Thursday, June 5, 2008

Misleading Local Campaign Promises

I heard a commercial today for a candidate running for a local political position. The candidate criticized the incumbent for having only an 18 percent conviction rate for sexual offense arrests, vowing that if elected that increasing the conviction rate for this type of crime would be his top priority.


First of all, what about enforcing laws against other crimes? There are plenty of other crimes committed that are just as serious as sex crimes. Even though sexual offenses are the latest trendy crime du jour, it doesn't make sense to concentrate on these to the exclusion of less sensational crimes. I'd have give the candidate more credibility if he'd promised to be tough on all crimes across the board.

Second, I'm guessing that a lot of these so-called sex offense arrests are of the "17 year old boy gets a consensual blowjob from his 15 year old girlfriend" types of cases and juries are rightly declining to find such defendants guilty and ruin their lives. The 18 percent who are convicted are likely the true crimes perpetrated by adults against young children, who deserve to go to prison.

Third, because there has been such an increasing emphasis on sex crimes in the last few years, there is a danger of a "witch hunt" mentality occurring among the overzealous. In other words, perhaps a factor in the conviction rate is partially because some hasty, bad arrests made without sufficient probable cause, technicalities that ruin the cases, and so on in response to the current climate of seeing sexual predators behind every bush.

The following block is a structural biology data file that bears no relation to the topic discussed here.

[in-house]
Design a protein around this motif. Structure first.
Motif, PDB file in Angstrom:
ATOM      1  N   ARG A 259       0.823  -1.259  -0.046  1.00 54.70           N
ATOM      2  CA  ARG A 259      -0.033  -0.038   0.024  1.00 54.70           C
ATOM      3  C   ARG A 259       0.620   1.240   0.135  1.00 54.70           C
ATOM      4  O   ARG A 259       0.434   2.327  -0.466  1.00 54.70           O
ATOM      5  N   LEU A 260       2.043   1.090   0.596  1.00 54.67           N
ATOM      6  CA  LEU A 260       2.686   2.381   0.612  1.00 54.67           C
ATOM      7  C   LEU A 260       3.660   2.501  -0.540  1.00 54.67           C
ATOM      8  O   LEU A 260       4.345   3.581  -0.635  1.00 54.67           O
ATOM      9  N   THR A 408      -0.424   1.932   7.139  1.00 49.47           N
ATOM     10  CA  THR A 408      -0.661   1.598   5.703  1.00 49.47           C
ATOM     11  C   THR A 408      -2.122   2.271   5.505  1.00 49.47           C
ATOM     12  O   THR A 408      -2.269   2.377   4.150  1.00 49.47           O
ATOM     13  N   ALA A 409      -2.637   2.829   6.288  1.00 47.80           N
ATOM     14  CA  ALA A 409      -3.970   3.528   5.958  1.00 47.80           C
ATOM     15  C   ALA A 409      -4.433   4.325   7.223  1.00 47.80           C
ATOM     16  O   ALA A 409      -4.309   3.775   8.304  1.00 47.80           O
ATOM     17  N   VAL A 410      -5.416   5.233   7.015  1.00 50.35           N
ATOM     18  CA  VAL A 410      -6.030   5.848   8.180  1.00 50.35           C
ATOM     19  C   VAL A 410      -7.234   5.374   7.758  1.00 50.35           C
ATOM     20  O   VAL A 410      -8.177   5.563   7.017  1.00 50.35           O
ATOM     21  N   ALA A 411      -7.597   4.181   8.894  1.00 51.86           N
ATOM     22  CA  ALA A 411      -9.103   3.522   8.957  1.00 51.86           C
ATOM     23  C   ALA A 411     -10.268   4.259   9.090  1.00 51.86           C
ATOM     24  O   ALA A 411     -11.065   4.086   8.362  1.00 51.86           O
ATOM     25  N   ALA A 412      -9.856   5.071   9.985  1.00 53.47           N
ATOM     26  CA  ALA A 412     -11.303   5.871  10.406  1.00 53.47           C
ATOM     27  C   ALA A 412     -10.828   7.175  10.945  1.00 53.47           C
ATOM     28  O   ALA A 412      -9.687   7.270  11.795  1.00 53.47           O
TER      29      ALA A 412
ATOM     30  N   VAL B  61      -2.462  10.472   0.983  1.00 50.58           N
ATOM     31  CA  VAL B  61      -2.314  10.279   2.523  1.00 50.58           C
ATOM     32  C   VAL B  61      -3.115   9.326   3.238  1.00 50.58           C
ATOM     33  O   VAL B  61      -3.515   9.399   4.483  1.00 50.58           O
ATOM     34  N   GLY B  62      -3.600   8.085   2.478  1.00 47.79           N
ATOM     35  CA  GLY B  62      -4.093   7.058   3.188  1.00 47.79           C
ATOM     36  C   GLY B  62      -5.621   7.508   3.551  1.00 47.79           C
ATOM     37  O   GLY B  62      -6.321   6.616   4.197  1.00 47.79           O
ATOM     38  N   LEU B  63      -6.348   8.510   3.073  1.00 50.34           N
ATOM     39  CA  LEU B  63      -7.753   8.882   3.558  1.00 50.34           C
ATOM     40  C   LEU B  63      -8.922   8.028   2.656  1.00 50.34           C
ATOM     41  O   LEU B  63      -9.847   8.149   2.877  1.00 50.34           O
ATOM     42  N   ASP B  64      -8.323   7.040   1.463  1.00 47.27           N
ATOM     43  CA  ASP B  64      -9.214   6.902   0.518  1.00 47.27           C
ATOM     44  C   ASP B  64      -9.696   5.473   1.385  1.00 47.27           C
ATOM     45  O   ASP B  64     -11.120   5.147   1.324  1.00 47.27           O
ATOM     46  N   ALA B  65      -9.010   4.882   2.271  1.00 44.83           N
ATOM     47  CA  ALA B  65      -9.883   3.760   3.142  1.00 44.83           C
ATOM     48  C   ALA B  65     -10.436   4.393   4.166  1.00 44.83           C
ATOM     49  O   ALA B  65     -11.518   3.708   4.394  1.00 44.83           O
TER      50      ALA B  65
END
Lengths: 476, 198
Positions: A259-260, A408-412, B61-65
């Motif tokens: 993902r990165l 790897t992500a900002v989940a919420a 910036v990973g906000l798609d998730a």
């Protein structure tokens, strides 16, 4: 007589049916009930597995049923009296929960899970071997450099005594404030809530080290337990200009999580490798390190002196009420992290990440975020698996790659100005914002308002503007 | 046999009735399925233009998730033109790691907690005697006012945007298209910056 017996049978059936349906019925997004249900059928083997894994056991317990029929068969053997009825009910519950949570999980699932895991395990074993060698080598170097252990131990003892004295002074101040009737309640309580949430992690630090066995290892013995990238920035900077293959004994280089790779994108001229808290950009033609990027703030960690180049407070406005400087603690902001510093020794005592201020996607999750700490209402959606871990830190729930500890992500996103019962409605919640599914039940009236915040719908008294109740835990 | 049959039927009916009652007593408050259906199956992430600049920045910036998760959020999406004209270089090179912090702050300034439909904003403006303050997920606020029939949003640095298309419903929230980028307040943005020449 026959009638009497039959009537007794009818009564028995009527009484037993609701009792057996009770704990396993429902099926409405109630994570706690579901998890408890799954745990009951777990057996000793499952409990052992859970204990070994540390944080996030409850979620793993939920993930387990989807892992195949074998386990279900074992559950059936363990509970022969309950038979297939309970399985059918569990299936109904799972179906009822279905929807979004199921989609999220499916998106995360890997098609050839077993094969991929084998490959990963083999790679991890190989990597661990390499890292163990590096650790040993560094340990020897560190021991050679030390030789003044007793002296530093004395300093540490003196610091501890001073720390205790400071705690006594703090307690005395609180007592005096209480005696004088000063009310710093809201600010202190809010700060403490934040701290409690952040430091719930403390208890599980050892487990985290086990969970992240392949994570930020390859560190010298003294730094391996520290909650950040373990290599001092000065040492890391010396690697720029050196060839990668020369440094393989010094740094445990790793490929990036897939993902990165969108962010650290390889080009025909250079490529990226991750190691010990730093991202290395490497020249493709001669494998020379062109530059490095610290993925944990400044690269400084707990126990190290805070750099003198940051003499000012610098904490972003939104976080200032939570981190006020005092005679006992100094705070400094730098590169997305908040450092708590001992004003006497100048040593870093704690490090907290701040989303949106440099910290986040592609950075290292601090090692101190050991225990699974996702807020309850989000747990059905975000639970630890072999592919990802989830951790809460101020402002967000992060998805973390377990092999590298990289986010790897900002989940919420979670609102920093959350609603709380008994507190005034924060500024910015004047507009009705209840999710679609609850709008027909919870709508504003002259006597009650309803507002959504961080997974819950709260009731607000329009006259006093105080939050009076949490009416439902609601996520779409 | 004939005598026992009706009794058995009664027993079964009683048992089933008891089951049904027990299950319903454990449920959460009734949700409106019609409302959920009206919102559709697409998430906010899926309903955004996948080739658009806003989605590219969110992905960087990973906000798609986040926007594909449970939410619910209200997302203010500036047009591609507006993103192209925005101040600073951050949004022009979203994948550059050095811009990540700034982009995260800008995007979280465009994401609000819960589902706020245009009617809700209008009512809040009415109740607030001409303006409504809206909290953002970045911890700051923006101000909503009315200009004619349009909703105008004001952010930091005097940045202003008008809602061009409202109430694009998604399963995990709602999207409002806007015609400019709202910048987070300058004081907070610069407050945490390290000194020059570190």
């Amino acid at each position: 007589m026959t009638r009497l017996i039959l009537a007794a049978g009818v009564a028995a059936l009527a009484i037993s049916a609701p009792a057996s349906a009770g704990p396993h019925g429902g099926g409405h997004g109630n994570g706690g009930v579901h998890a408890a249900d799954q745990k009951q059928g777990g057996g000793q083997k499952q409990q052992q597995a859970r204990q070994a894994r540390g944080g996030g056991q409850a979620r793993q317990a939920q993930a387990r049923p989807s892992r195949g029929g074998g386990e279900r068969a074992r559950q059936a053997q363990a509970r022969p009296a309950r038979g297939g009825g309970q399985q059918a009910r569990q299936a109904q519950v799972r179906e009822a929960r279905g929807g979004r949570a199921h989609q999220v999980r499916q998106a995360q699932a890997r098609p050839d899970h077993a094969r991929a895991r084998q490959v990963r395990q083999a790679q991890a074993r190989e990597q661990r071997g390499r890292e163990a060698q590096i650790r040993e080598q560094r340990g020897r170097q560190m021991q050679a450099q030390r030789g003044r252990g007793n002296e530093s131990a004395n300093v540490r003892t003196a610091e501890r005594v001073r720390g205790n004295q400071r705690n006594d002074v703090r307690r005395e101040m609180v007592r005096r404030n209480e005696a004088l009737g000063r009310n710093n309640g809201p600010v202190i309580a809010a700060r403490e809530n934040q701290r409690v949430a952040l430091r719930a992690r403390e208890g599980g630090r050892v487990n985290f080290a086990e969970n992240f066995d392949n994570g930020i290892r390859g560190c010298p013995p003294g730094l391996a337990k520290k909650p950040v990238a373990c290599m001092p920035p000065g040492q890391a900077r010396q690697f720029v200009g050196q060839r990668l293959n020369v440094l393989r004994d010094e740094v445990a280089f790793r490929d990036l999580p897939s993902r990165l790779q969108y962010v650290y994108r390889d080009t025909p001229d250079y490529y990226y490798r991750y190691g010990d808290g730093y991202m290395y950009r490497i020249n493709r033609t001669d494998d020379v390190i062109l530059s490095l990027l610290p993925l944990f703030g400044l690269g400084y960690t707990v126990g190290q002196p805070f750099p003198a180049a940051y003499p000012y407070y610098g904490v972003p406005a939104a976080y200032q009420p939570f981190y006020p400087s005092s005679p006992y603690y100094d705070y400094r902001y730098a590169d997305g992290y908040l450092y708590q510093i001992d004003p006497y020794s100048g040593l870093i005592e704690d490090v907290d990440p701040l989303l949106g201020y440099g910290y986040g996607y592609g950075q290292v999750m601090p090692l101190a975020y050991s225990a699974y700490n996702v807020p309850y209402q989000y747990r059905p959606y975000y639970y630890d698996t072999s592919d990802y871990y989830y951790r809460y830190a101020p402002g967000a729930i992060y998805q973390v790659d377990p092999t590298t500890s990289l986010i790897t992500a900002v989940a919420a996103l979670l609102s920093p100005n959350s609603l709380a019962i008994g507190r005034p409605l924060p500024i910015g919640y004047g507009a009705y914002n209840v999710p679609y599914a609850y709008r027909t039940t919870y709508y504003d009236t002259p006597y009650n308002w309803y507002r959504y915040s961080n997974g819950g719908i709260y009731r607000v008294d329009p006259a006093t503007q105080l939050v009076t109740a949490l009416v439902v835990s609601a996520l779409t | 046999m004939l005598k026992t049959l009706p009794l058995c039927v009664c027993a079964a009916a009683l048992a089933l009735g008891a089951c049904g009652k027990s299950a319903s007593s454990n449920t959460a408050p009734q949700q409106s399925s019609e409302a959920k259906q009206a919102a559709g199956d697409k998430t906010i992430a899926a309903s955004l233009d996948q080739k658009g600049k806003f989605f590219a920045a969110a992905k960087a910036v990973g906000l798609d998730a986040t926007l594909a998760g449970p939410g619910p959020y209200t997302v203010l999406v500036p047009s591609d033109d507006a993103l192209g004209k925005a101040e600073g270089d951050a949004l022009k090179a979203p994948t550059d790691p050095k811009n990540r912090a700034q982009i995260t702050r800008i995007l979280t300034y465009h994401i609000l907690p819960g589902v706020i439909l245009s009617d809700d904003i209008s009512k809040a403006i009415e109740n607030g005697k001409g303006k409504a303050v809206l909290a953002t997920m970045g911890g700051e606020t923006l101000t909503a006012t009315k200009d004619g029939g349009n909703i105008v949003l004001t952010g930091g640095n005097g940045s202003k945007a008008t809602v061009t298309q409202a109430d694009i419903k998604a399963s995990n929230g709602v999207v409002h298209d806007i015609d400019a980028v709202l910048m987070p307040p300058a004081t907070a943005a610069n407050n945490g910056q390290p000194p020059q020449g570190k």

Because these are serious crimes that people typically react to in a particularly emotional manner, it is especially important that law enforcement and the judicial system not take a gung-ho, "damn the torpedoes, full speed ahead" approach. A prudent approach is essential -- to make damned sure that every procedural i is dotted and every t crossed and that sufficient probable cause exists before any arrest is made. The would help to increase the conviction rate of those arrested, even if fewer actual arrests are made.

And, as I've said before, it would help immensely if sexual activity between consenting teens in relationships were not included under the improperly broad umbrella of "sex offenses". Such matters are better handled by parents, rather than the legal system. If this was done, it would have the dual benefits of being more fair to the teens and would allow law enforcement to better spend its time going after the true predators.

I'm guessing that this politician was merely pandering to the current witch hunt mentality toward sexual offenses, rather than giving any reasoned approach to the issue of crime and law enforcement, simply to get votes.


No comments: